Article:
The Au Pair Program is a great option for your family’s childcare needs, but it is also a wonderful opportunity for your children to learn about foreign cultures and languages.


“Au pair” is a French term that means on par or equal. Au pairs are visitors from overseas who travel to the U.S. on a J-1 Visitor Exchange Visa to acquire a better understanding and appreciation of American culture and life, while living with an American family and caring for their young children. In order to participate in the au pair program, candidates must apply through a designated agency like Au Pair International. They must also meet a set of minimum requirements and adhere to U.S. regulations and agency rules.

Our au pair candidates are young women and men that enjoy, and have a genuine interest, in working with children. They represent diverse cultural, social, economic, and educational backgrounds. They also hold a common interest in living with an American family to expand their cultural awareness.

During our interview and admissions process, we select caring, responsible, and mature young adults of good character who have a strong desire to work with children. Many au pairs possess a valid driver’s license as well as an International Driver’s license. Some candidates are students taking a “gap year” from their university studies, while others have been employed or are entering the work force, and others want the au pair experience before they decide on a professional career.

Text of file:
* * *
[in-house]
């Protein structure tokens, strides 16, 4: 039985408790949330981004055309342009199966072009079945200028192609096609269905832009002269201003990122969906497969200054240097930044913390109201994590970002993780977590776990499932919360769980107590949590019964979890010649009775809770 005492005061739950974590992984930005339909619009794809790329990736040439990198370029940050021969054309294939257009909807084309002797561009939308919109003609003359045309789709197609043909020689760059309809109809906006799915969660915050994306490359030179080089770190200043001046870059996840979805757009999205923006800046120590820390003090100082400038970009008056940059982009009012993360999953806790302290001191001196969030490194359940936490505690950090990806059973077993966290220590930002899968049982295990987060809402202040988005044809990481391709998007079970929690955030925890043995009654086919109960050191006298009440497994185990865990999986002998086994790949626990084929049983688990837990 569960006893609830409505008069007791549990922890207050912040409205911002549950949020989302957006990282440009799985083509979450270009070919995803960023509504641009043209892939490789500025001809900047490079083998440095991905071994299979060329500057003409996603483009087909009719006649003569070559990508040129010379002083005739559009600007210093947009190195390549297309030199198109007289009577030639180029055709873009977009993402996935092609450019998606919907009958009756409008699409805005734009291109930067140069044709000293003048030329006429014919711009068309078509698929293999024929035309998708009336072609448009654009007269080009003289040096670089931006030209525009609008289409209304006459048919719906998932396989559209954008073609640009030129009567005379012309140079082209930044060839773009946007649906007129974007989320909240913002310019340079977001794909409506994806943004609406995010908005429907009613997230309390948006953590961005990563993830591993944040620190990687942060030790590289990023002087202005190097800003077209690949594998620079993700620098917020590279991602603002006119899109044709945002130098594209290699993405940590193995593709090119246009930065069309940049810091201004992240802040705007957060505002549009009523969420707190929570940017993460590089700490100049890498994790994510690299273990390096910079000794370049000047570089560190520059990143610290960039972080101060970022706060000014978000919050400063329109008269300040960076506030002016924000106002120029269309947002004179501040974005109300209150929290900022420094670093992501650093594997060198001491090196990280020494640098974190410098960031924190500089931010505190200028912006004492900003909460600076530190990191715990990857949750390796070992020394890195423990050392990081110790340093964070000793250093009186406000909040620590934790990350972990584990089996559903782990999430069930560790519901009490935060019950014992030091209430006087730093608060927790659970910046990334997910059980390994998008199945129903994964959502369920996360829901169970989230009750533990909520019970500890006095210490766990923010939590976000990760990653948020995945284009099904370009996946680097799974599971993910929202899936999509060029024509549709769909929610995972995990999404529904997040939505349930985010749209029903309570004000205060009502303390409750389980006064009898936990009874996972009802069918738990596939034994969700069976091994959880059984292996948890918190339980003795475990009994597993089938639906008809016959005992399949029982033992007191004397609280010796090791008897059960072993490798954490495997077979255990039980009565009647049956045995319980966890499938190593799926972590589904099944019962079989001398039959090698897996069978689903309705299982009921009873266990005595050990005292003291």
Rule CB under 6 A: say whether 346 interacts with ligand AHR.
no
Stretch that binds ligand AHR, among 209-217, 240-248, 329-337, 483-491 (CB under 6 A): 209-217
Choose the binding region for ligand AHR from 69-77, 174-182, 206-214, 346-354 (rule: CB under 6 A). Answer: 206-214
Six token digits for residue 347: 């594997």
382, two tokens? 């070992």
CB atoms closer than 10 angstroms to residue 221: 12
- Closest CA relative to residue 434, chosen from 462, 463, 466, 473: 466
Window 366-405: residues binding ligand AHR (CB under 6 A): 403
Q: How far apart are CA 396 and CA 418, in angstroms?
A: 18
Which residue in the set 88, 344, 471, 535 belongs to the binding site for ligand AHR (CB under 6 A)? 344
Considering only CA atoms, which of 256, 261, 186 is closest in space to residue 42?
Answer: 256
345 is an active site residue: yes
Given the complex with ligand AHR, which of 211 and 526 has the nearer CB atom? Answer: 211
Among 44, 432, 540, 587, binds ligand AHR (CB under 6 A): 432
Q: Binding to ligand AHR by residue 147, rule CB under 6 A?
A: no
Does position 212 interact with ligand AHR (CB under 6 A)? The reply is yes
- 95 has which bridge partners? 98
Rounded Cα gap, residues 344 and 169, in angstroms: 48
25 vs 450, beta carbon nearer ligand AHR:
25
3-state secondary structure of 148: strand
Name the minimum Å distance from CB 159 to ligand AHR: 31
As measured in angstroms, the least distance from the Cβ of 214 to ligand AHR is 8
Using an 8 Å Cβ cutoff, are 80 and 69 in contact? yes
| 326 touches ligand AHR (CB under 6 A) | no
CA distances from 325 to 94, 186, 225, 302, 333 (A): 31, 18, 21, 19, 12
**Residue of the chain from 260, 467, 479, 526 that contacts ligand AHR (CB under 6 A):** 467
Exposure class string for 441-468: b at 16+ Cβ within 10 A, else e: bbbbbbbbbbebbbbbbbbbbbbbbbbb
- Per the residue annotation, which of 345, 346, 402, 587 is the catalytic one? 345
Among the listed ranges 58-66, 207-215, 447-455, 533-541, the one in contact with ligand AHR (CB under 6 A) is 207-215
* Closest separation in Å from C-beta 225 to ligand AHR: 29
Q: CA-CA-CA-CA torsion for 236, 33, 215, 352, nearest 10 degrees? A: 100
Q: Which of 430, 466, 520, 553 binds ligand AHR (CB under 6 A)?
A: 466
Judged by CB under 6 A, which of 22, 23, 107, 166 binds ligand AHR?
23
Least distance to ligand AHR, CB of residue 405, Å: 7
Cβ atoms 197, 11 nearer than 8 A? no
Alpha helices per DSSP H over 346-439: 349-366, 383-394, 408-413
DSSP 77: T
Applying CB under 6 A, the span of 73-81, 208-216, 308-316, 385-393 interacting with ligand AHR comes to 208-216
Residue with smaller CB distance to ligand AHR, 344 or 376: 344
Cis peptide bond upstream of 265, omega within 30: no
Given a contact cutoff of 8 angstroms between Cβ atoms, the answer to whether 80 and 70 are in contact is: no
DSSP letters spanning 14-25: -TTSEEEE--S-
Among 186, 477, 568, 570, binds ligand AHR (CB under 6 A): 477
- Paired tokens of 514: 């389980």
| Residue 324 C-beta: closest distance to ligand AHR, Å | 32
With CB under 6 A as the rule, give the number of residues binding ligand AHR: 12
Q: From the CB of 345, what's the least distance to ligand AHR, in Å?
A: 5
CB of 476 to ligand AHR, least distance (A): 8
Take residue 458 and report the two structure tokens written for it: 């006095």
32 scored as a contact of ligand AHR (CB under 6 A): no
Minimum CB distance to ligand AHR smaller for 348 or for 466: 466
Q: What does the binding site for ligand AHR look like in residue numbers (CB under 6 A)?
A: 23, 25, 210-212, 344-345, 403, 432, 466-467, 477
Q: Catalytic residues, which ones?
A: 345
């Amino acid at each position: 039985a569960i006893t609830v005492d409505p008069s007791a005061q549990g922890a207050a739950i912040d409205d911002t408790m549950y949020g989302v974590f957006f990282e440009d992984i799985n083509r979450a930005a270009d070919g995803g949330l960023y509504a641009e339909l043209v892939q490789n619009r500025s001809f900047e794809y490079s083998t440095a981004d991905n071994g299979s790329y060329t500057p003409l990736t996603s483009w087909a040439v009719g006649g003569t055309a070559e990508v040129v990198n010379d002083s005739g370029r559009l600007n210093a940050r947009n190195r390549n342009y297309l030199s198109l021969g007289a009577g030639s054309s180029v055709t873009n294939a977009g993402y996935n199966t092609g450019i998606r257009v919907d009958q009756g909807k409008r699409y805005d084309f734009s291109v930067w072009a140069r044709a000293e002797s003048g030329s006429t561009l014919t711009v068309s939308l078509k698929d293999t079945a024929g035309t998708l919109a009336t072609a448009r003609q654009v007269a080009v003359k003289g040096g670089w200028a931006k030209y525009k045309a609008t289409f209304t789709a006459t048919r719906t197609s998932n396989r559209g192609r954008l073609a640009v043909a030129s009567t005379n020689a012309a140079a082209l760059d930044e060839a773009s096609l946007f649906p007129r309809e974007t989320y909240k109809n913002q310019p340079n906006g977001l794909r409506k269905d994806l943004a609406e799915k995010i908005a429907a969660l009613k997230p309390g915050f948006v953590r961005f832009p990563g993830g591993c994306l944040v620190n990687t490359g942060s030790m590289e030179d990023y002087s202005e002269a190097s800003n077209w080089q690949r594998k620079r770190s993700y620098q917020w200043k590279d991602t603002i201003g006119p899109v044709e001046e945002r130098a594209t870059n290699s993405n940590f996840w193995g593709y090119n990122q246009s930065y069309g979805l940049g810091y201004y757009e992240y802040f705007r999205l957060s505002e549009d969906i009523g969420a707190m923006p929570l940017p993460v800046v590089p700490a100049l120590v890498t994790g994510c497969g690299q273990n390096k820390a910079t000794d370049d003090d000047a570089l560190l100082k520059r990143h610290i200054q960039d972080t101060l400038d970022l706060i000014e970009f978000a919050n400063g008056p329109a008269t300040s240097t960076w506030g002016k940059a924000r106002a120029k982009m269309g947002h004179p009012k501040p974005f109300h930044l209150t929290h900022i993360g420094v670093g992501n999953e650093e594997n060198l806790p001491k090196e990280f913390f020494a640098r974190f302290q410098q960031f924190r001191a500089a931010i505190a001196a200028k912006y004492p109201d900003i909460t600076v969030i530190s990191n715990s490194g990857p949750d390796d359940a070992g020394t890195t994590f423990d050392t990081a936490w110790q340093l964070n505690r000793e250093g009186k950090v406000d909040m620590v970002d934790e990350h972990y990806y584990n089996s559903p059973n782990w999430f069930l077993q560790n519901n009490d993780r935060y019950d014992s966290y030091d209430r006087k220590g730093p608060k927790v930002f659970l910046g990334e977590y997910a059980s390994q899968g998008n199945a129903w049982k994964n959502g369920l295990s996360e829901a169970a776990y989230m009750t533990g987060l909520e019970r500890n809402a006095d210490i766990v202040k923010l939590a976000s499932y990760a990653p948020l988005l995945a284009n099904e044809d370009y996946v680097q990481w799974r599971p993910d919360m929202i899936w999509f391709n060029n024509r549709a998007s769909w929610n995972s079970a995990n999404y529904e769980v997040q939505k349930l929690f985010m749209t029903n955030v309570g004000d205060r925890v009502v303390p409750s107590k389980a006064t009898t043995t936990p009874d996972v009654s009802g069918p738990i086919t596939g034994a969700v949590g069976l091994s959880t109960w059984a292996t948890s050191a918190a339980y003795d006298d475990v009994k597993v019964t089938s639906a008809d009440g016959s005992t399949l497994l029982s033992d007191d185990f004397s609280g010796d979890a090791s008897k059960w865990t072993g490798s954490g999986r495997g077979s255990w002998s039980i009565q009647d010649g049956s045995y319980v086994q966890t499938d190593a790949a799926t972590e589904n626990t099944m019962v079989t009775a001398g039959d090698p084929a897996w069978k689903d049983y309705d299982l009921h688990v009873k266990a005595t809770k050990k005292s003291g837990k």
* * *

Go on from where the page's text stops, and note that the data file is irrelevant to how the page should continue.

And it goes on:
Au pairs come to the U.S. on a 12-month exchange program, with the potential to extend their time for 6, 9, or 12 months once they have successfully completed their first program year. After their program, (whether they complete 12, 18, 21, or 24 months) they have a 30-day grace period that permits the au pair to stay or travel in the U.S. Au pairs have the option of returning to the U.S. for new terms as an au pair participant, as long as they meet the requirements.


Au pairs may provide childcare and light childcare-related housework for the host family, for up to 45 hours per week and up to 10 hours per day. Au pairs offer live-in childcare, and therefore, have more flexibility to care for your children at the times that accommodate your family’s schedule.


Au pairs may have a wide range of responsibilities related to your children. An au pair provides busy parents with a much needed “extra set of hands.” Duties can include childcare and light housekeeping related to childcare such as doing the children’s laundry and cleaning up after them.
Au pairs should not be expected to run an entire household. The responsibility for raising the children and the welfare of the children always remains with the parents/guardians.

Please see Benefits of Hosting to discover more ways an au pair can assist your family!


Please see Participant Requirements for more details regarding host family responsibilities.

Au Pair Selection: Host Families must review au pair applications and interview the au pair by phone before a match can take place.